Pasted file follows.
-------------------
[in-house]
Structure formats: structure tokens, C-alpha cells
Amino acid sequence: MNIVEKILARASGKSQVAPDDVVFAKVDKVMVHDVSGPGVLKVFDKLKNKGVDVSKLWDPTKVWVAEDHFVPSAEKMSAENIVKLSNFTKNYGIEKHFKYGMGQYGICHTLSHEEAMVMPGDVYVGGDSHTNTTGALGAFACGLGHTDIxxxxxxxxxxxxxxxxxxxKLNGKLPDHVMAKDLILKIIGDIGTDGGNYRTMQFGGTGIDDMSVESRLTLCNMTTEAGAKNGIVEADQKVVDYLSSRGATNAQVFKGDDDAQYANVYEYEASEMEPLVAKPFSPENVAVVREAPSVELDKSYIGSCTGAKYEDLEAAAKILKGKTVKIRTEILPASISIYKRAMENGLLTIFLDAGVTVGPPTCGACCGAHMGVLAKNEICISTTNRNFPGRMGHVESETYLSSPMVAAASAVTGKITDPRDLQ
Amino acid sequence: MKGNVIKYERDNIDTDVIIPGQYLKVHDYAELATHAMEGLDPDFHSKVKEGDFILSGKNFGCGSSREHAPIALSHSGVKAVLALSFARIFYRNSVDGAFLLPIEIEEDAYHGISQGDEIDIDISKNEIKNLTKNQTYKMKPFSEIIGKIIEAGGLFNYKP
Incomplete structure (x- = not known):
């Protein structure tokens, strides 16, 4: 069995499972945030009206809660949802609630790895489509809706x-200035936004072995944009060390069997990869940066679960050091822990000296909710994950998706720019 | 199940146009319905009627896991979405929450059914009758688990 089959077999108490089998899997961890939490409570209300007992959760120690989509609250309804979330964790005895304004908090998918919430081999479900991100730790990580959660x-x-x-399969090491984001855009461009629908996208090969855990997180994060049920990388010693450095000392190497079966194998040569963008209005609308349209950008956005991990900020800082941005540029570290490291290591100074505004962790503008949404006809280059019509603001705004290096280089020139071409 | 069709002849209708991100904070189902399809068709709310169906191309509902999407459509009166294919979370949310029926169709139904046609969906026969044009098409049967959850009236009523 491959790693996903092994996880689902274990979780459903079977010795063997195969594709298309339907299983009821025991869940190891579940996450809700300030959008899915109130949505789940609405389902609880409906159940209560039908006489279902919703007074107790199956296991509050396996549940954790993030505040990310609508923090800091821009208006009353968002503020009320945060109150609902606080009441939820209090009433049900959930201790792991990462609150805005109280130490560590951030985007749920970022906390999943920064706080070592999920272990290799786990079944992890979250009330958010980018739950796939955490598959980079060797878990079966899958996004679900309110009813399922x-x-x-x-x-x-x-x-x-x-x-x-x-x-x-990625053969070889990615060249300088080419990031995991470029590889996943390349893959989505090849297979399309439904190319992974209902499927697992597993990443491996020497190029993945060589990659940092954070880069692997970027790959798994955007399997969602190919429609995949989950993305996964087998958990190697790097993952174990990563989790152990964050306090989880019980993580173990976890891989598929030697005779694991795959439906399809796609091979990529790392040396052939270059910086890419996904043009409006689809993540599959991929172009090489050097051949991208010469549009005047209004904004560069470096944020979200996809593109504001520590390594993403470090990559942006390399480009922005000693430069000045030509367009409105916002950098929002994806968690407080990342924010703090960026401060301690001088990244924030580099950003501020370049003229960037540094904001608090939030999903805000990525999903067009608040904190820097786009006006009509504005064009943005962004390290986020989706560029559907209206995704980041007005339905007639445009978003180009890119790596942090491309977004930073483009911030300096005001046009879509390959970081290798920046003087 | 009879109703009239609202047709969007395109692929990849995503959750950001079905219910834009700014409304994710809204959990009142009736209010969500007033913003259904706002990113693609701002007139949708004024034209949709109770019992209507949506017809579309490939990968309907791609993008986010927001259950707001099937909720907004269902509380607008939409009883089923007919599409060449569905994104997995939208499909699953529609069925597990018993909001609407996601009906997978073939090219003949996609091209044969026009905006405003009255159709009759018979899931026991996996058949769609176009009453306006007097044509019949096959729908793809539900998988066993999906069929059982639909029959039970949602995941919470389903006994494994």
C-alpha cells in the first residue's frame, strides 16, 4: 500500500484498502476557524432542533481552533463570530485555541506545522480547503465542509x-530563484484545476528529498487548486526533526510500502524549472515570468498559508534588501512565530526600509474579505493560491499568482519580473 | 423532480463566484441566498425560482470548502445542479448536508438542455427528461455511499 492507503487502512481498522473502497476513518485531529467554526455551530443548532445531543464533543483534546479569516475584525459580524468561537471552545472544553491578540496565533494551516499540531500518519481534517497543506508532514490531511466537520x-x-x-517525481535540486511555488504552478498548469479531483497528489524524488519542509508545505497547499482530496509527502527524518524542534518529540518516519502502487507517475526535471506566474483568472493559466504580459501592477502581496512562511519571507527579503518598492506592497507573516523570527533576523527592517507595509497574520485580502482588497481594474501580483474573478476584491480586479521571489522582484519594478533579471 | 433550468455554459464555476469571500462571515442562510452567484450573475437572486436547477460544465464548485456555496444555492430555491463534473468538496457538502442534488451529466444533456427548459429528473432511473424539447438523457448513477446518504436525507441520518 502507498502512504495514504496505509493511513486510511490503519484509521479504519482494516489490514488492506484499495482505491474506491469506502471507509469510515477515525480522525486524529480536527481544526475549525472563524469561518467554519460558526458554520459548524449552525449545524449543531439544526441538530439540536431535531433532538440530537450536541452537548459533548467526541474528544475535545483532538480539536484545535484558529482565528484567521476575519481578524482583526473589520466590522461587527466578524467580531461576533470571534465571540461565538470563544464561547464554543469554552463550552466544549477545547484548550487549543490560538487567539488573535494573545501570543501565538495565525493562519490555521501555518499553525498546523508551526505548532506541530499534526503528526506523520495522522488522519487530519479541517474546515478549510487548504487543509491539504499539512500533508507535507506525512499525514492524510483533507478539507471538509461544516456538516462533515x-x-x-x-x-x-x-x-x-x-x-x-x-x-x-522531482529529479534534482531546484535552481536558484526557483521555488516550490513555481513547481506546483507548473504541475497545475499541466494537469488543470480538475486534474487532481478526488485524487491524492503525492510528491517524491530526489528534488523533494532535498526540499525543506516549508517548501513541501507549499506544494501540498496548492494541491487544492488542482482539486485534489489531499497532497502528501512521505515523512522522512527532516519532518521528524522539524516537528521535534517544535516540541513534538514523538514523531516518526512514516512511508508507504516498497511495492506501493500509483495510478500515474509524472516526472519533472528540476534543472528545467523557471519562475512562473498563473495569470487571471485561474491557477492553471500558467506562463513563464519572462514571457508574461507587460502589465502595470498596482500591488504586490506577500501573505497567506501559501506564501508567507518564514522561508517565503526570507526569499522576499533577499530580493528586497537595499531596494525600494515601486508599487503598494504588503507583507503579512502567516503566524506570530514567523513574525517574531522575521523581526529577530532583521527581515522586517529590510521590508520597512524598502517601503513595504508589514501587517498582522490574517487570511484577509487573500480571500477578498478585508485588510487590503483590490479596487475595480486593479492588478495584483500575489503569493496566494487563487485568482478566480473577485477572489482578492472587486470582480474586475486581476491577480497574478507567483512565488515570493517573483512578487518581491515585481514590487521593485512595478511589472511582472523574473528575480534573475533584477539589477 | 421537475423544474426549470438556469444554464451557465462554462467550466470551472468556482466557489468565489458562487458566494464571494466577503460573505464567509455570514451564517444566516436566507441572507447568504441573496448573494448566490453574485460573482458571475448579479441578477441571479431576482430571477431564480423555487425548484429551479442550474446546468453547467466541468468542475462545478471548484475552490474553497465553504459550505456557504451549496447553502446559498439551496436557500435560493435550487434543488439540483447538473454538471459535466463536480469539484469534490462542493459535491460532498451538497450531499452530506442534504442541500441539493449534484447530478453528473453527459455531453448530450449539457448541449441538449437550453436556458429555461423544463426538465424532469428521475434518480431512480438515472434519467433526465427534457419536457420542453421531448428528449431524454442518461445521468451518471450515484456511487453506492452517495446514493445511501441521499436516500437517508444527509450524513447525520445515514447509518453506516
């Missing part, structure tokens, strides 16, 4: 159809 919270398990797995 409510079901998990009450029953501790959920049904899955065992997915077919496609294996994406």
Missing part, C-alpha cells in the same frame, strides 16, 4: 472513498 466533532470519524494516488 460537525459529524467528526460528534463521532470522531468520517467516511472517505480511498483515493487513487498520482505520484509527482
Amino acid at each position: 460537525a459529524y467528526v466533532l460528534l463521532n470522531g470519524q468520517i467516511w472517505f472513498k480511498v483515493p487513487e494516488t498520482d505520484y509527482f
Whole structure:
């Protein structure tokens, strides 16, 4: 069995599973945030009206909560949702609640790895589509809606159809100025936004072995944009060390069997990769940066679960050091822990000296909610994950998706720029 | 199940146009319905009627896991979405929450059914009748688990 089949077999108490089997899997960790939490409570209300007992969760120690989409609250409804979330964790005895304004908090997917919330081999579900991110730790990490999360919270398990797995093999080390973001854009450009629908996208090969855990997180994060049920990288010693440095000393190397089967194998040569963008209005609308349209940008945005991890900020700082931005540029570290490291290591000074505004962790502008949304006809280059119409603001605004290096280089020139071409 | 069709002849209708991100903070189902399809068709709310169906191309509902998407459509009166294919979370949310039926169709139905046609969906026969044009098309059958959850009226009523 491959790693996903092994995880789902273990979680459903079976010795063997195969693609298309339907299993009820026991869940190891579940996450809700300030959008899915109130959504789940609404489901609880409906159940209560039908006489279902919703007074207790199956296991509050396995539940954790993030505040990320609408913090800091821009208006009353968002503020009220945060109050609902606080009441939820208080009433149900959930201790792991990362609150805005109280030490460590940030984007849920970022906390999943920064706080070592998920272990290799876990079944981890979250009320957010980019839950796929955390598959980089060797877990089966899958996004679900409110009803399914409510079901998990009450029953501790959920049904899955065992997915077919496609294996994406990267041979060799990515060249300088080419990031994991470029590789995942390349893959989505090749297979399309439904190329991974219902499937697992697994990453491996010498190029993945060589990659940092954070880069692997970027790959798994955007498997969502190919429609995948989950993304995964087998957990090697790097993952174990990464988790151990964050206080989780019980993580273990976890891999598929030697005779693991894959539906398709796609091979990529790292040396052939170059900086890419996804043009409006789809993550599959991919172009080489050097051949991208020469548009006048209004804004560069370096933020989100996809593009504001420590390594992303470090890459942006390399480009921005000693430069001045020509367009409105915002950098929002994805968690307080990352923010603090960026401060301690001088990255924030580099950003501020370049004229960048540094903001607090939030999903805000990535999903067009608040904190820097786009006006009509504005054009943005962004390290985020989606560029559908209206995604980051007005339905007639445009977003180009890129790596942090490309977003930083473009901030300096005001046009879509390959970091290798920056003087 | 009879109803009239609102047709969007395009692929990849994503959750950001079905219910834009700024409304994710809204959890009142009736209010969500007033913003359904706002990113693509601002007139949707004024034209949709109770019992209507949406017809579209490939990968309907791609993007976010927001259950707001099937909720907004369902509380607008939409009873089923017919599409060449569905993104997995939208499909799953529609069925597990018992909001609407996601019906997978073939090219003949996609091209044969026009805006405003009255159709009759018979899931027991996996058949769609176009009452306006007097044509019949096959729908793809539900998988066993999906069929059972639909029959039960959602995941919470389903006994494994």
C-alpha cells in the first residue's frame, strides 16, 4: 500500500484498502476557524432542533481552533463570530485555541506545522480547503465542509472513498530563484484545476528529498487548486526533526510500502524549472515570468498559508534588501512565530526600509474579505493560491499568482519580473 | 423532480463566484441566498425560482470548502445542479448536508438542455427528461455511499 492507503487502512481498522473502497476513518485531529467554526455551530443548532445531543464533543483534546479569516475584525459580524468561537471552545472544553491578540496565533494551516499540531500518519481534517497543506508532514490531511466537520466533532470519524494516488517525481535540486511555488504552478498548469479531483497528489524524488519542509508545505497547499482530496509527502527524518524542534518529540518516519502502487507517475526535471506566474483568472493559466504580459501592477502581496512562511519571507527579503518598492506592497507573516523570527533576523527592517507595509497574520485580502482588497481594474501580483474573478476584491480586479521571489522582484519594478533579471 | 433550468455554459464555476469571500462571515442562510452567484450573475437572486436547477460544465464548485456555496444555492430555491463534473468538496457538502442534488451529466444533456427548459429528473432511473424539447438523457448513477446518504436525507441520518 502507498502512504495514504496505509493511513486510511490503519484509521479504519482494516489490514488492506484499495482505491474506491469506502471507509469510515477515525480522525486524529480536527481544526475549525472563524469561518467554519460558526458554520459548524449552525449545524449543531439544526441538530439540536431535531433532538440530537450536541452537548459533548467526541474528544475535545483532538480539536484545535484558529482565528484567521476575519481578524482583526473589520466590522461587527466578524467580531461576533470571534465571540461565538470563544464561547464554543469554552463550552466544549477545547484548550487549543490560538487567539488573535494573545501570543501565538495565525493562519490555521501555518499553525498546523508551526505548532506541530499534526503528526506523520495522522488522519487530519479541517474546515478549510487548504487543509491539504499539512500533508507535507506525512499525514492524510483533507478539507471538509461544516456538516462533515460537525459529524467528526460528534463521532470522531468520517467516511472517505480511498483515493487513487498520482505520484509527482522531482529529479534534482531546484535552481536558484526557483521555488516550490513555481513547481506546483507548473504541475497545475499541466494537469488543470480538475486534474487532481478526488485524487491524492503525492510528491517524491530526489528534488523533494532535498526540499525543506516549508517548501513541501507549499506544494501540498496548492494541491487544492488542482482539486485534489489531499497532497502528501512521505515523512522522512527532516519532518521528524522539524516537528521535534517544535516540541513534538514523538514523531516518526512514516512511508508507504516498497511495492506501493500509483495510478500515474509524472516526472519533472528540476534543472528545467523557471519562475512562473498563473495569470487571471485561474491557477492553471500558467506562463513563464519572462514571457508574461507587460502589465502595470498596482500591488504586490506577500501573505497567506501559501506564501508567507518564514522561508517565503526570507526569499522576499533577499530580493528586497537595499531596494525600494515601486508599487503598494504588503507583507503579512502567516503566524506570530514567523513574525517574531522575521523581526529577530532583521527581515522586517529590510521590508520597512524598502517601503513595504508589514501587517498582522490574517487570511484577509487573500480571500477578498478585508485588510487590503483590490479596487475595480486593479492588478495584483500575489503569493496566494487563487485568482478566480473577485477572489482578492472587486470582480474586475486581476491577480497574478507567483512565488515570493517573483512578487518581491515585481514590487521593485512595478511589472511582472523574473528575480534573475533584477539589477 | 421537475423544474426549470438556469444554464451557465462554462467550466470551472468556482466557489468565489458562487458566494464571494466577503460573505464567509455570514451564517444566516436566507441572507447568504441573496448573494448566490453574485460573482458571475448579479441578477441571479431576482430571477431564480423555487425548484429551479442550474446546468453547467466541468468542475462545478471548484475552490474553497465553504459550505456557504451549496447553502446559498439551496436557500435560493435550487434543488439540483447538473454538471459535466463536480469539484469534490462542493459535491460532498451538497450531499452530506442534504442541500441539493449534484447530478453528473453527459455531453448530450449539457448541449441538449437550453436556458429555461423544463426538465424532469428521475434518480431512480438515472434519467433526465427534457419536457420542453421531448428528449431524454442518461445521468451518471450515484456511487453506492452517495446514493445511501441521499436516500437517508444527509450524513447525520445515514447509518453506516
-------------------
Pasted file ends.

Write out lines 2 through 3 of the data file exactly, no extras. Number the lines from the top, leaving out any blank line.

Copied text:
Structure formats: structure tokens, C-alpha cells
Amino acid sequence: MNIVEKILARASGKSQVAPDDVVFAKVDKVMVHDVSGPGVLKVFDKLKNKGVDVSKLWDPTKVWVAEDHFVPSAEKMSAENIVKLSNFTKNYGIEKHFKYGMGQYGICHTLSHEEAMVMPGDVYVGGDSHTNTTGALGAFACGLGHTDIxxxxxxxxxxxxxxxxxxxKLNGKLPDHVMAKDLILKIIGDIGTDGGNYRTMQFGGTGIDDMSVESRLTLCNMTTEAGAKNGIVEADQKVVDYLSSRGATNAQVFKGDDDAQYANVYEYEASEMEPLVAKPFSPENVAVVREAPSVELDKSYIGSCTGAKYEDLEAAAKILKGKTVKIRTEILPASISIYKRAMENGLLTIFLDAGVTVGPPTCGACCGAHMGVLAKNEICISTTNRNFPGRMGHVESETYLSSPMVAAASAVTGKITDPRDLQ